I have been suspicious of conversion stories since I read Augustine’s Confessions and saw how he agonized over stealing some pears from his neighbor’s tree and yet forgetting to mention his illegitimate child and any contrition about that. On the other hand, actually that cause for me to trust his Confessions because the juxtaposition of those two events in his story is just so human—getting the point and missing it in fundamental ways.
After many years, I am finally sharing some of my story of why I think it took me so long to leave Islam and become a Christian. I am sure that I focus on some things and fail to see some of my own personal failures, pride and otherwise, that contributed to the timing of my conversion. I pray that you give me a break and read it as a Christian who was, is, and most likely will always be a mess—getting some points and missing larger more fundamental points.
I am sure that you have heard Christians say that we do not convert someone, only God does. I get it, believe it, but I am tired of hearing it. Why tired of hearing it? I think it is because I know that dynamic within myself and more often than not it comes not out of humility, but out of laziness and a desire to give myself permission to be rude. The fact is that God uses people and their relationships with non-believers as the vehicle for relating the truth to others. I don’t know why God does that, but perhaps it has something to do with the importance of relationship to God. God is relational in His being, and thus the Trinity. However, I would be claiming to know more than I really know if I presumed to grasp why God uses people as vehicles for the truth.
So, since God tends to operate in a relational fashion, we can’t legitimately dodge one of God’s favorite means for disseminating truth and ignore that more often than not, He has a role of us in leading others to Him.
So, what took me so long to declare myself a Christian after years of being a Muslim? Of course, there were my own intrinsic weaknesses and faults, but I would be hiding the truth from you if I didn’t acknowledge that one major factor in keeping me away from living the truth was Christians. I lived in the buckle of the Bible belt and was surrounded by congenital Christians—people who read their Bible, faithfully attend church, could craft an elegantly worded prayer, and knew by heart the words of more than ten hymns. It was these same Christians who baffled me because they told me that God was love; that Jesus called them to love all people, including their enemies; and yet I just didn’t seem to see the love.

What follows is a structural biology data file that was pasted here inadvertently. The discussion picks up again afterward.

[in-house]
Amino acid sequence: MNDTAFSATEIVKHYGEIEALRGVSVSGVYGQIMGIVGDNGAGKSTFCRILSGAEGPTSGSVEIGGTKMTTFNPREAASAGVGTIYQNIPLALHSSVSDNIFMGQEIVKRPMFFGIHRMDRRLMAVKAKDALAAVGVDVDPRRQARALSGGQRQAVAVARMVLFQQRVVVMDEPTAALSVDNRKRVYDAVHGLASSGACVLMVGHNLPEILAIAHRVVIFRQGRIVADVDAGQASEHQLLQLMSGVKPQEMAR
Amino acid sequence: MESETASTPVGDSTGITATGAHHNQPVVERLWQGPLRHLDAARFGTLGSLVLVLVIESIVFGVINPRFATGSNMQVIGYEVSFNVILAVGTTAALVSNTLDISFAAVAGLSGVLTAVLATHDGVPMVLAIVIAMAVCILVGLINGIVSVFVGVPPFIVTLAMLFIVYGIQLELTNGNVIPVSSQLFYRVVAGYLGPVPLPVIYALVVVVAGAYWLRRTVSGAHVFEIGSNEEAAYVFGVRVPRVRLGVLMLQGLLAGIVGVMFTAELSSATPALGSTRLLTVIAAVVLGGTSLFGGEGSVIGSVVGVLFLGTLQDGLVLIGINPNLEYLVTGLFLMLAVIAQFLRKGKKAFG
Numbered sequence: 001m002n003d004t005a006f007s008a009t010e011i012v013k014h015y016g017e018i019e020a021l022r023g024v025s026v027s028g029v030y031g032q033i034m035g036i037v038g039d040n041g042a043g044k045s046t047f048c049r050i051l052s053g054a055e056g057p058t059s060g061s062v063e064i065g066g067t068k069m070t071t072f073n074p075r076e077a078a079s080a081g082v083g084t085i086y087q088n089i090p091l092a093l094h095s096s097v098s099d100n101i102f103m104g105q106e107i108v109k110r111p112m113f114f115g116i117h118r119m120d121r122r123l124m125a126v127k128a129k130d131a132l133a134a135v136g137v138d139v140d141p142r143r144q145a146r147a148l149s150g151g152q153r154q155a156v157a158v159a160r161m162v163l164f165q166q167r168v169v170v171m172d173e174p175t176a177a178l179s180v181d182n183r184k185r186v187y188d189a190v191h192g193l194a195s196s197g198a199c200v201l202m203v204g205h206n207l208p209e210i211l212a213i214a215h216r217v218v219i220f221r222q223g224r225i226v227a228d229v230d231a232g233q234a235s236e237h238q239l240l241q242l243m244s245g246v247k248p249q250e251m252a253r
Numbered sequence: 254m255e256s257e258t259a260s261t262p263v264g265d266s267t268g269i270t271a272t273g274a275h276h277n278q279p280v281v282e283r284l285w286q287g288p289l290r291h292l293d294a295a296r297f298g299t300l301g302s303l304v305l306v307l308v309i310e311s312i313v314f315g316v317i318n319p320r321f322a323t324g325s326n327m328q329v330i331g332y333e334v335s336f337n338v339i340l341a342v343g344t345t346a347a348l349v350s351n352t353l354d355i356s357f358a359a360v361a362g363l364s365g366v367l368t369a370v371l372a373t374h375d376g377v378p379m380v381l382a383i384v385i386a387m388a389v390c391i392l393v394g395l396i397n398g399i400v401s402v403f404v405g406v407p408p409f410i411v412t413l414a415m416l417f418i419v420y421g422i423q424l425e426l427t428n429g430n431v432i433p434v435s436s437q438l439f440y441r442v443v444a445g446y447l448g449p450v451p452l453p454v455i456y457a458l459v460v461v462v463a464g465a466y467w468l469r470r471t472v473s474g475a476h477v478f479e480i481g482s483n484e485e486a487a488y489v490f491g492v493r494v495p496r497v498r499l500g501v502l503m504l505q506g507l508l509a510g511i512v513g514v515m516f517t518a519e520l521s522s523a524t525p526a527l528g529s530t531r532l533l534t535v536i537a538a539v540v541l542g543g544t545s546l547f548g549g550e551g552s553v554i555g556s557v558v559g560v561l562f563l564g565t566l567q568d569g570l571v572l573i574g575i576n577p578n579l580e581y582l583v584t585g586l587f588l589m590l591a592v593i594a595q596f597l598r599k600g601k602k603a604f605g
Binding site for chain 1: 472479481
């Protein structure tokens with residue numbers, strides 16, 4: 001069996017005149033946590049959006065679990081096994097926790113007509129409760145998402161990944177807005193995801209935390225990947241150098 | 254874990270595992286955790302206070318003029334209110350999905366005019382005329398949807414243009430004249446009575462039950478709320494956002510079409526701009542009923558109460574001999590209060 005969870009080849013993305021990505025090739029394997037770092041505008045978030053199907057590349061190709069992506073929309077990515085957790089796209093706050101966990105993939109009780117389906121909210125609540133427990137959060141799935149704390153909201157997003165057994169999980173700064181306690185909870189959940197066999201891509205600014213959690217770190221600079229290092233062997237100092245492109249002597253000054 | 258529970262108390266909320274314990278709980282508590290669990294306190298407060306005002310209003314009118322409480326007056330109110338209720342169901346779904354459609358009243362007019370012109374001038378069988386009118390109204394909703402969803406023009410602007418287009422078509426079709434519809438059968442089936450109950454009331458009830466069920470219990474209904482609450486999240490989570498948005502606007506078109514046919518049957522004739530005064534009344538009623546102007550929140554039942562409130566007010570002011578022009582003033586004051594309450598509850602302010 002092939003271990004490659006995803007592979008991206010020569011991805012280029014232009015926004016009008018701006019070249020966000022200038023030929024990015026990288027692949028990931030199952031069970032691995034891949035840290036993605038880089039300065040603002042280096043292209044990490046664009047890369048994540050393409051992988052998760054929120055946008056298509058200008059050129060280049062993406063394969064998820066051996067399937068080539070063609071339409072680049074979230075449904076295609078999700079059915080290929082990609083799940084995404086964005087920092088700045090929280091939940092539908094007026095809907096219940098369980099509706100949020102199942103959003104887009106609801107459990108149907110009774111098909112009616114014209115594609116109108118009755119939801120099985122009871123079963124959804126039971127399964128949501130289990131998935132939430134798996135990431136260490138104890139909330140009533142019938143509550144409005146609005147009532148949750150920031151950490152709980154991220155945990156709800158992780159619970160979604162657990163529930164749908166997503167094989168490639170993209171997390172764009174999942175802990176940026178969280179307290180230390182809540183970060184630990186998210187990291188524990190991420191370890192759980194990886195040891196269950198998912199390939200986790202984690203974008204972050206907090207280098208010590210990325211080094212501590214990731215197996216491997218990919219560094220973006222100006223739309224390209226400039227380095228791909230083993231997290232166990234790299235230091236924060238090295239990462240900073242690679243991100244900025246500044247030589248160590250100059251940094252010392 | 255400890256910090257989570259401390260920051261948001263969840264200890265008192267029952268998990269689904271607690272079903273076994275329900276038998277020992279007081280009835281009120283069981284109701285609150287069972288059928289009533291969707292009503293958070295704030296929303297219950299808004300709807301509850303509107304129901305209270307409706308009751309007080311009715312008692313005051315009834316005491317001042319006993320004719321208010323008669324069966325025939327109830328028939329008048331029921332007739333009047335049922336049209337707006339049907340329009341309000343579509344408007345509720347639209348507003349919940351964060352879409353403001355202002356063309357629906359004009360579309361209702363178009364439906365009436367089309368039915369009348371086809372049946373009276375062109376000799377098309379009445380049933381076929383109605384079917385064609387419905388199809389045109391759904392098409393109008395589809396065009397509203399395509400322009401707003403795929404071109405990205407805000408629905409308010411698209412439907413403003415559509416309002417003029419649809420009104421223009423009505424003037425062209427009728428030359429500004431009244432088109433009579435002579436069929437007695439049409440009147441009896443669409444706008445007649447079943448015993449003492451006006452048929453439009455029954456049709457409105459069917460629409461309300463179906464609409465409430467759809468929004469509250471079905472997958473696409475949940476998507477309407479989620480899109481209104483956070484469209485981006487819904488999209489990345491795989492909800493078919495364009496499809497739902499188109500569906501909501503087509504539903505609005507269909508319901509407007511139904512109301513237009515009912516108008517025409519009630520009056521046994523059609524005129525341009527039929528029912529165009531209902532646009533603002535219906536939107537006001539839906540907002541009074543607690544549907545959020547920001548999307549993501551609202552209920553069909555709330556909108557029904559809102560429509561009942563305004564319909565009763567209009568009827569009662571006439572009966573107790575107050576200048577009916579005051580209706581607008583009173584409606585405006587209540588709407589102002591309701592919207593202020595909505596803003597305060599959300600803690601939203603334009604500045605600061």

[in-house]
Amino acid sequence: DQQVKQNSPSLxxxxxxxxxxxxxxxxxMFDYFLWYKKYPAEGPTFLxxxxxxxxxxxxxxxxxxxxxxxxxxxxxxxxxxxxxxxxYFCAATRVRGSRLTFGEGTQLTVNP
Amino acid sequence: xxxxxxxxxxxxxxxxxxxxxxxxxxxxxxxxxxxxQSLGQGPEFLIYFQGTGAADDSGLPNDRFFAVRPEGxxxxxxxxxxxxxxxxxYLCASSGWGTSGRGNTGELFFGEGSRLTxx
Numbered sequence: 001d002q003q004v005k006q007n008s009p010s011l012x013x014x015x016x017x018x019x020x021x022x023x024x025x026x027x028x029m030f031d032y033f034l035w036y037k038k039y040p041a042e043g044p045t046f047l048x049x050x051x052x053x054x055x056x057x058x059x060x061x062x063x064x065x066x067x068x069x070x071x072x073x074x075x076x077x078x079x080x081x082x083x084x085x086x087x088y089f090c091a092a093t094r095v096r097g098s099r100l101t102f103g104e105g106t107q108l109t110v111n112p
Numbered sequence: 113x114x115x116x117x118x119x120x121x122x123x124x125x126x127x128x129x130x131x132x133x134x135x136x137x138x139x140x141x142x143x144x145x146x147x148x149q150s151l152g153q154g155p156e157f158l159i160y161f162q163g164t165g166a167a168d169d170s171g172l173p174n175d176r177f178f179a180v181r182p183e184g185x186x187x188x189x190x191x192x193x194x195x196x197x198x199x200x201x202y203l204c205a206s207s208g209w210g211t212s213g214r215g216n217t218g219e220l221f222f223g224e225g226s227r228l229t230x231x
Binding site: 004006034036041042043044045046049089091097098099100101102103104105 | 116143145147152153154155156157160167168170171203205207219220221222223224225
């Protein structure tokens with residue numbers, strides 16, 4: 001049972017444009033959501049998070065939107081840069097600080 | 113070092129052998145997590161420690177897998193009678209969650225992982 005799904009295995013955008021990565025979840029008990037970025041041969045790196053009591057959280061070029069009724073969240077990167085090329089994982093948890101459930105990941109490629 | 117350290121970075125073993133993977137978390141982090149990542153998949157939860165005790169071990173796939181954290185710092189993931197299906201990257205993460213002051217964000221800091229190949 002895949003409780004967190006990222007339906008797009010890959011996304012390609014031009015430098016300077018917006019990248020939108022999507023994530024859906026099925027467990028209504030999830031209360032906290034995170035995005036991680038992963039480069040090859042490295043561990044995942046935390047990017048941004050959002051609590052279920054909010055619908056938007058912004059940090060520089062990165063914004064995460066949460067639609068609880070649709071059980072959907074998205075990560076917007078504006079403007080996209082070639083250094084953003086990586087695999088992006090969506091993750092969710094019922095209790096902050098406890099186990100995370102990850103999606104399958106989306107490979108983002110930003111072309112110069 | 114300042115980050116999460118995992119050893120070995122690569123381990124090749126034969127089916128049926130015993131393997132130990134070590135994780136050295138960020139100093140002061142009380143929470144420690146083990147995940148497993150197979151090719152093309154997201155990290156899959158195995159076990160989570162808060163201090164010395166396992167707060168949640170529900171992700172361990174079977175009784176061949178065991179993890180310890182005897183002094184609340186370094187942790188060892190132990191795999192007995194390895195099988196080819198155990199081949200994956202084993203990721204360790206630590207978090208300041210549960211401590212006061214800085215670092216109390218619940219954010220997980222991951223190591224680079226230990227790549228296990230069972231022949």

What I experienced in my life on the buckle was hateful words directed toward gays, liberals, Muslims, Catholics, and the list just seem to grow more and more. I also experienced being on that list and was the recipient on more than one occasion of those hateful words. It just didn’t add up. What did add up was that I knew that I didn’t want to have anything to do with those Christians. The problem was that they were unavoidable. In life on the belt buckle, they surrounded me in Walmart, the Dairy Queen, college classes, sitting around me in the DMV, the doctor’s office, just about everywhere. As soon as they heard that I was a Muslim, out came the Bibles that were used as a weapon against me, my beliefs, and the ones I loved. When that tactic didn’t work, I was either labelled as deceived by Satan or just ignored, cut out of their lives. The latter was the most common occurrence.
The wild reality was that inwardly I loved Jesus and had come to believe that He was not only the Lord and Savior, but He was my Lord and Savior. I just couldn’t stand being around Christians. I will never forget one interaction with a Christian who told me what I believed as a Muslim and when I responded that I didn’t believe that, he said that I was practicing taqiyyah (a form of planned lie). Unfortunately, I got angry and told him that if he wanted to know what taqiyyah really was he might look at Christian missionaries who lie about why they travel to Muslim populated countries and live there. Instead of saying that they were professionals hired to convert Muslims, they said things like they were helping build the infrastructure. While it wasn’t a total lie, it was what my Roman Catholic friends called, lying by omission. That scene didn’t go very well. It was not one my proudest moments, but hey.
I was baffled when Christians told me that they loved me, but they wanted me to change because I was unacceptable to them the way I believed and practiced my faith. They said that they loved me, but they called the founder of my faith a pedophile and said that they couldn’t understand how anyone could fall for that set of lies and set of deceptions. I tried to be nice to them because I was born in the Midwest and that is what a nice Midwest boy does even when he knows that he is just a project to them, someone to convert.